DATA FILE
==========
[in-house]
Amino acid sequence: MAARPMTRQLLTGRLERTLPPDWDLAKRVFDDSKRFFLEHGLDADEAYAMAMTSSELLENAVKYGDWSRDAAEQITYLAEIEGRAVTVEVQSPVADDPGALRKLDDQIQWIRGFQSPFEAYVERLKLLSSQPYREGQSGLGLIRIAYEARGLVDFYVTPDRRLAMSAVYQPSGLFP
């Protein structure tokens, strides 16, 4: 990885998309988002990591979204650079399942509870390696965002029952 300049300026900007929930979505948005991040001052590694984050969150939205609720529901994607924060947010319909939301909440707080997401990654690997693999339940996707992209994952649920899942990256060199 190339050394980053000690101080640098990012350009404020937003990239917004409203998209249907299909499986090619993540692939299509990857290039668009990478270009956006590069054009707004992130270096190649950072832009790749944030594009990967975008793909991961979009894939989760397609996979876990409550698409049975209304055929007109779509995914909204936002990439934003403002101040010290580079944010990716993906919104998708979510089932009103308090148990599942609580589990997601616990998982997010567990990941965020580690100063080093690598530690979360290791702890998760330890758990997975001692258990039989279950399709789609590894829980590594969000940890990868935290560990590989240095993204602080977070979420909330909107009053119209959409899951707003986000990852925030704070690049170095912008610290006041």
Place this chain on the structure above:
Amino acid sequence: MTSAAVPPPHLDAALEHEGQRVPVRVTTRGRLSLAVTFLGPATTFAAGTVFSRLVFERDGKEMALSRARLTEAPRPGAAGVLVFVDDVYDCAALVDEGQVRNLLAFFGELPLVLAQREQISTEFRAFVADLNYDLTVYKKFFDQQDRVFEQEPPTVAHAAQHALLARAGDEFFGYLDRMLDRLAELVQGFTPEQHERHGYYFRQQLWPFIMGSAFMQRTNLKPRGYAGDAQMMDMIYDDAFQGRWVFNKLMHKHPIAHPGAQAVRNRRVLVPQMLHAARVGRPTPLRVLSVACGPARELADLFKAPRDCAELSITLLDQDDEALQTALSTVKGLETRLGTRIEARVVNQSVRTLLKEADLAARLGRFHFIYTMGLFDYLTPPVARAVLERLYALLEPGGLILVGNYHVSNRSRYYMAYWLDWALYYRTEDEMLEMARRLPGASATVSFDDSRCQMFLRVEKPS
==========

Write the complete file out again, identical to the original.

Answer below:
[in-house]
Amino acid sequence: MAARPMTRQLLTGRLERTLPPDWDLAKRVFDDSKRFFLEHGLDADEAYAMAMTSSELLENAVKYGDWSRDAAEQITYLAEIEGRAVTVEVQSPVADDPGALRKLDDQIQWIRGFQSPFEAYVERLKLLSSQPYREGQSGLGLIRIAYEARGLVDFYVTPDRRLAMSAVYQPSGLFP
């Protein structure tokens, strides 16, 4: 990885998309988002990591979204650079399942509870390696965002029952 300049300026900007929930979505948005991040001052590694984050969150939205609720529901994607924060947010319909939301909440707080997401990654690997693999339940996707992209994952649920899942990256060199 190339050394980053000690101080640098990012350009404020937003990239917004409203998209249907299909499986090619993540692939299509990857290039668009990478270009956006590069054009707004992130270096190649950072832009790749944030594009990967975008793909991961979009894939989760397609996979876990409550698409049975209304055929007109779509995914909204936002990439934003403002101040010290580079944010990716993906919104998708979510089932009103308090148990599942609580589990997601616990998982997010567990990941965020580690100063080093690598530690979360290791702890998760330890758990997975001692258990039989279950399709789609590894829980590594969000940890990868935290560990590989240095993204602080977070979420909330909107009053119209959409899951707003986000990852925030704070690049170095912008610290006041």
Place this chain on the structure above:
Amino acid sequence: MTSAAVPPPHLDAALEHEGQRVPVRVTTRGRLSLAVTFLGPATTFAAGTVFSRLVFERDGKEMALSRARLTEAPRPGAAGVLVFVDDVYDCAALVDEGQVRNLLAFFGELPLVLAQREQISTEFRAFVADLNYDLTVYKKFFDQQDRVFEQEPPTVAHAAQHALLARAGDEFFGYLDRMLDRLAELVQGFTPEQHERHGYYFRQQLWPFIMGSAFMQRTNLKPRGYAGDAQMMDMIYDDAFQGRWVFNKLMHKHPIAHPGAQAVRNRRVLVPQMLHAARVGRPTPLRVLSVACGPARELADLFKAPRDCAELSITLLDQDDEALQTALSTVKGLETRLGTRIEARVVNQSVRTLLKEADLAARLGRFHFIYTMGLFDYLTPPVARAVLERLYALLEPGGLILVGNYHVSNRSRYYMAYWLDWALYYRTEDEMLEMARRLPGASATVSFDDSRCQMFLRVEKPS